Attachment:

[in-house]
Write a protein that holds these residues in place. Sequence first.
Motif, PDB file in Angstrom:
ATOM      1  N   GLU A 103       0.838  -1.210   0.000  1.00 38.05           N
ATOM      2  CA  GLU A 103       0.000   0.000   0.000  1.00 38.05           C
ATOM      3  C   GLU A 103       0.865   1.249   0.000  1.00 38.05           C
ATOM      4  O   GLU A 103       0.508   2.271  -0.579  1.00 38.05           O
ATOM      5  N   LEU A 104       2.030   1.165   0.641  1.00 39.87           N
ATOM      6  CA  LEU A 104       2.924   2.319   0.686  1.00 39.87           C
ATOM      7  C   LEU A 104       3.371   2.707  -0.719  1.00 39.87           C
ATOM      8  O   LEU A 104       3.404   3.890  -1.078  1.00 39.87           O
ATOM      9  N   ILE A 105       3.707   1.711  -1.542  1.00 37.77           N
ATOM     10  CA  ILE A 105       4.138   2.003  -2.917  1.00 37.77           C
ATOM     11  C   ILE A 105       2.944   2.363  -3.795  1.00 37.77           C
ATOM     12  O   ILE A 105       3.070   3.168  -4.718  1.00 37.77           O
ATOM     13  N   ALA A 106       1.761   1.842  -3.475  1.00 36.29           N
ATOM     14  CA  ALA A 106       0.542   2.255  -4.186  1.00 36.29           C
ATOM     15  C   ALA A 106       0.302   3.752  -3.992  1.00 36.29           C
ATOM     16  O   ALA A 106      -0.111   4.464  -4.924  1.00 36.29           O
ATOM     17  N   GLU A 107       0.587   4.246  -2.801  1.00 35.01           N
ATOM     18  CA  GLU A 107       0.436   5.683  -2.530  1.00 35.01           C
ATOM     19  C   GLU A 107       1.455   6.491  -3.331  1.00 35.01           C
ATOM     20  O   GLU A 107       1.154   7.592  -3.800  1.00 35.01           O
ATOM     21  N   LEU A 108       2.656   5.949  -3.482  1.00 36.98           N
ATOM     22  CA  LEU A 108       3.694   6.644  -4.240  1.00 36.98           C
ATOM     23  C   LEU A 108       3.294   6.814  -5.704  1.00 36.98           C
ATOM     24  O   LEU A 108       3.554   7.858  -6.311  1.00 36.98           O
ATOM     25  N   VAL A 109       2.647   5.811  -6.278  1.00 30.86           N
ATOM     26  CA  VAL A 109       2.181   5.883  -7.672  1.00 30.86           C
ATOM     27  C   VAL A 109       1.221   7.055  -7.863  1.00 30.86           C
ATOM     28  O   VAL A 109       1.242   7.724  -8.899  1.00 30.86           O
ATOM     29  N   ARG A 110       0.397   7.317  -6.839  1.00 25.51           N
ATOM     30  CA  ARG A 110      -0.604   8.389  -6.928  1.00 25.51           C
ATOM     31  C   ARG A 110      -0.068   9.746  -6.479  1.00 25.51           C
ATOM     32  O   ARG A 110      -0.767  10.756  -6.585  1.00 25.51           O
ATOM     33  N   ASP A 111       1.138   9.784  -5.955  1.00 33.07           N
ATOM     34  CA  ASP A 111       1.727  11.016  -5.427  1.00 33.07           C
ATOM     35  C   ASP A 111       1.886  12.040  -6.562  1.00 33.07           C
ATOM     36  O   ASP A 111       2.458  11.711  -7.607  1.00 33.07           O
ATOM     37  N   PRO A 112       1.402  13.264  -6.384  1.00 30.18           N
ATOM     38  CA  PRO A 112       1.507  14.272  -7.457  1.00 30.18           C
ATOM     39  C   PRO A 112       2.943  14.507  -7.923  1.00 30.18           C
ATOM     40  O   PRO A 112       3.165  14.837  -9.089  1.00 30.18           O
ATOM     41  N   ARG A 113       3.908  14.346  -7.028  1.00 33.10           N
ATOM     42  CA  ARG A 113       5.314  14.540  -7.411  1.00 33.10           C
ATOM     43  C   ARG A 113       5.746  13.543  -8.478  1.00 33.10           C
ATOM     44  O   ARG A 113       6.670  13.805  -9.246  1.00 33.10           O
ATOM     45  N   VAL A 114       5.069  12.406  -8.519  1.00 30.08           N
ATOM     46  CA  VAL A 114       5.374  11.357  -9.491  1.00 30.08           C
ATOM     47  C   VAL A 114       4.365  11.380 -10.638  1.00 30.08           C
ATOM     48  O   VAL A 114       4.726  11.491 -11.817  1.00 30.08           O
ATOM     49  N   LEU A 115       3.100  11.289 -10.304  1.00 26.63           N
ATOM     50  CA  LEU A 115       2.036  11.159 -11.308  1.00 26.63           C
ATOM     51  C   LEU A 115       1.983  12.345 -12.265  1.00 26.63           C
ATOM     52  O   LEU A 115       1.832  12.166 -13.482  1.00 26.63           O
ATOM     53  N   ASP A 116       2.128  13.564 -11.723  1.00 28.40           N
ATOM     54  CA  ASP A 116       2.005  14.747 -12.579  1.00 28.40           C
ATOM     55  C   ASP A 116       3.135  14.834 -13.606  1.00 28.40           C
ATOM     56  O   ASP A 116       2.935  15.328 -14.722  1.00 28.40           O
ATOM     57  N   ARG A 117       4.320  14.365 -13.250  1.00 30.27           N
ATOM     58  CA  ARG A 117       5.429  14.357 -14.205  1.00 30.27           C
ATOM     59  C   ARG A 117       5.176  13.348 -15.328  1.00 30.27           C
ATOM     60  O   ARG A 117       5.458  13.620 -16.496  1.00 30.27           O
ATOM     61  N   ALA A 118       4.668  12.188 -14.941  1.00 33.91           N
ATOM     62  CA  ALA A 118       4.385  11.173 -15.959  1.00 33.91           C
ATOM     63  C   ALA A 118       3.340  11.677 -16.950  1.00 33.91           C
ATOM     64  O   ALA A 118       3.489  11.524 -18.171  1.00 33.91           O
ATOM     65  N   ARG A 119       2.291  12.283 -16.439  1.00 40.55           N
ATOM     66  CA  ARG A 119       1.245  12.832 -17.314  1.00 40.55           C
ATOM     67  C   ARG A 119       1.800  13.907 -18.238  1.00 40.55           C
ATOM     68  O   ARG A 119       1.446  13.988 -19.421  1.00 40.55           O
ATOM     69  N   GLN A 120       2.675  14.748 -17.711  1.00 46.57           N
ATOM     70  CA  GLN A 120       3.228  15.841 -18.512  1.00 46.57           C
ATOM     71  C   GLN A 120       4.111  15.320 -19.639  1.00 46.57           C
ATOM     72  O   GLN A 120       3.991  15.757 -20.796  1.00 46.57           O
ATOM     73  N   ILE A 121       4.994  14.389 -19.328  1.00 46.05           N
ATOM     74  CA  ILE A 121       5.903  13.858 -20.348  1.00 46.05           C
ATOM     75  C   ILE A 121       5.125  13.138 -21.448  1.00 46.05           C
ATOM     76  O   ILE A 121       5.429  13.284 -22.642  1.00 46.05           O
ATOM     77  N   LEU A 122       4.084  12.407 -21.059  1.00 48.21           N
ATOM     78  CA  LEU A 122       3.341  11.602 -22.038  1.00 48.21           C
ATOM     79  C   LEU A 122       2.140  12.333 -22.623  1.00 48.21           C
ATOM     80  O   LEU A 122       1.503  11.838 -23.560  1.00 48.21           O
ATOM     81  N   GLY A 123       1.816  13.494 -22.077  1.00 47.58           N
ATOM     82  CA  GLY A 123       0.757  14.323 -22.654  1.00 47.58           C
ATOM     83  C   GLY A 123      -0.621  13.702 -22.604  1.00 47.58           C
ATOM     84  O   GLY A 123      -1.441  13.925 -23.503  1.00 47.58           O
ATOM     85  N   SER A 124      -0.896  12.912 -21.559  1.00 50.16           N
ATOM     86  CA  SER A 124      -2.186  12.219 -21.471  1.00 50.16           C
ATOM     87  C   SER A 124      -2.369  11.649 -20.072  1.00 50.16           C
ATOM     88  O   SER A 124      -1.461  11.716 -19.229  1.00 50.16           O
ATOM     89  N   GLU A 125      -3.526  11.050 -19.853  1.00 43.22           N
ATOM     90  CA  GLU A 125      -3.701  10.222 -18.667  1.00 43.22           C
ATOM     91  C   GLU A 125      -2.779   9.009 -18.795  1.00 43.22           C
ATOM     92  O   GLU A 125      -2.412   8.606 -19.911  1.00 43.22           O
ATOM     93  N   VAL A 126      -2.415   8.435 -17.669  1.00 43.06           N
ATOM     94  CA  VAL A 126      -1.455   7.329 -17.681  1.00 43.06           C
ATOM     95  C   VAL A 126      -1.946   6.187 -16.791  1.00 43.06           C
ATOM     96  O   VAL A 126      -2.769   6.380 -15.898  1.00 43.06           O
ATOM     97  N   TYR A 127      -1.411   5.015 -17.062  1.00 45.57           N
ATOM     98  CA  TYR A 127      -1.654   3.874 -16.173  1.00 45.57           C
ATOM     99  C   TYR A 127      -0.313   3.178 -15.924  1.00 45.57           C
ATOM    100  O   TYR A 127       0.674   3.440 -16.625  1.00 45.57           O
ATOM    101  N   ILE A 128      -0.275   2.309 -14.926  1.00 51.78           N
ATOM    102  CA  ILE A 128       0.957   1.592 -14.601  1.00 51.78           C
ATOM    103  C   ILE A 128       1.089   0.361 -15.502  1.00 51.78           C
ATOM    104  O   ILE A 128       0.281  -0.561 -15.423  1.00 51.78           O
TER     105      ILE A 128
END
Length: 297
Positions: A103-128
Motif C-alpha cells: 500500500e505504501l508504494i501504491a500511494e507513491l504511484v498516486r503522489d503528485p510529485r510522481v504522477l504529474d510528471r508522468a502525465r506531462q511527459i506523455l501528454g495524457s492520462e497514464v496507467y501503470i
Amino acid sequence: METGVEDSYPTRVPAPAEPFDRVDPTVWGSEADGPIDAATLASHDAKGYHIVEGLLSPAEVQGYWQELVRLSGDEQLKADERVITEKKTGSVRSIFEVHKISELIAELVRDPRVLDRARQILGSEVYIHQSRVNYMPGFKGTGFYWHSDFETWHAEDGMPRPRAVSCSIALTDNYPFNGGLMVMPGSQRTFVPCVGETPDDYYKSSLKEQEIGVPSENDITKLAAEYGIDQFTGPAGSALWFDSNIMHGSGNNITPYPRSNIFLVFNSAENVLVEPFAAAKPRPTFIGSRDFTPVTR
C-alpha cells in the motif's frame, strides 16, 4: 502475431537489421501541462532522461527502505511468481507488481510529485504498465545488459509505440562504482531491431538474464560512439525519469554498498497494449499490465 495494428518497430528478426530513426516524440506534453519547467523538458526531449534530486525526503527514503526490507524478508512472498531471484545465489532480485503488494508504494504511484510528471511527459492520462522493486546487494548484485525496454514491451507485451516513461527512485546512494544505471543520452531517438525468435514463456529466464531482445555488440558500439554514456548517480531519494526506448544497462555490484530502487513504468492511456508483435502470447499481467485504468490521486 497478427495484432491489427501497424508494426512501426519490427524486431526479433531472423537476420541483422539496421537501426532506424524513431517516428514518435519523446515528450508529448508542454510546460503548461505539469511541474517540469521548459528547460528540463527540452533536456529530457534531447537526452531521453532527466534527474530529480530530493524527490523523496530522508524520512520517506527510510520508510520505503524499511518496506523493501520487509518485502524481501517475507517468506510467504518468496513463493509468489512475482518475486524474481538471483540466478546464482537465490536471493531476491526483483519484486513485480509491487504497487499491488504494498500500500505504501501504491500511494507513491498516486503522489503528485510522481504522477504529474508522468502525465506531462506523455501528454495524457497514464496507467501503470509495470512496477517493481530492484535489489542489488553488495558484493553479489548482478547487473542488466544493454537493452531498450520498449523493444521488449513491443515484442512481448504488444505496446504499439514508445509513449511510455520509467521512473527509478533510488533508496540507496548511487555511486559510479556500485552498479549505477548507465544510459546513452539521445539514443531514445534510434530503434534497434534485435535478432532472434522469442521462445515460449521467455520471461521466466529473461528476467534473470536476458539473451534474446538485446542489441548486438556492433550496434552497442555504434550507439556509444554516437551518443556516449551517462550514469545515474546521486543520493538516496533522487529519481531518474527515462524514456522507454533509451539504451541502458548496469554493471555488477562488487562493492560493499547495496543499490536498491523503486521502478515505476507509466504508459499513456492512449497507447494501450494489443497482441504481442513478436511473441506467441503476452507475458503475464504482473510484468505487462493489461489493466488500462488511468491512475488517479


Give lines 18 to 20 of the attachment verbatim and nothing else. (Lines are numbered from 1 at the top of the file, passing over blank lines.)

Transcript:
ATOM     15  C   ALA A 106       0.302   3.752  -3.992  1.00 36.29           C
ATOM     16  O   ALA A 106      -0.111   4.464  -4.924  1.00 36.29           O
ATOM     17  N   GLU A 107       0.587   4.246  -2.801  1.00 35.01           N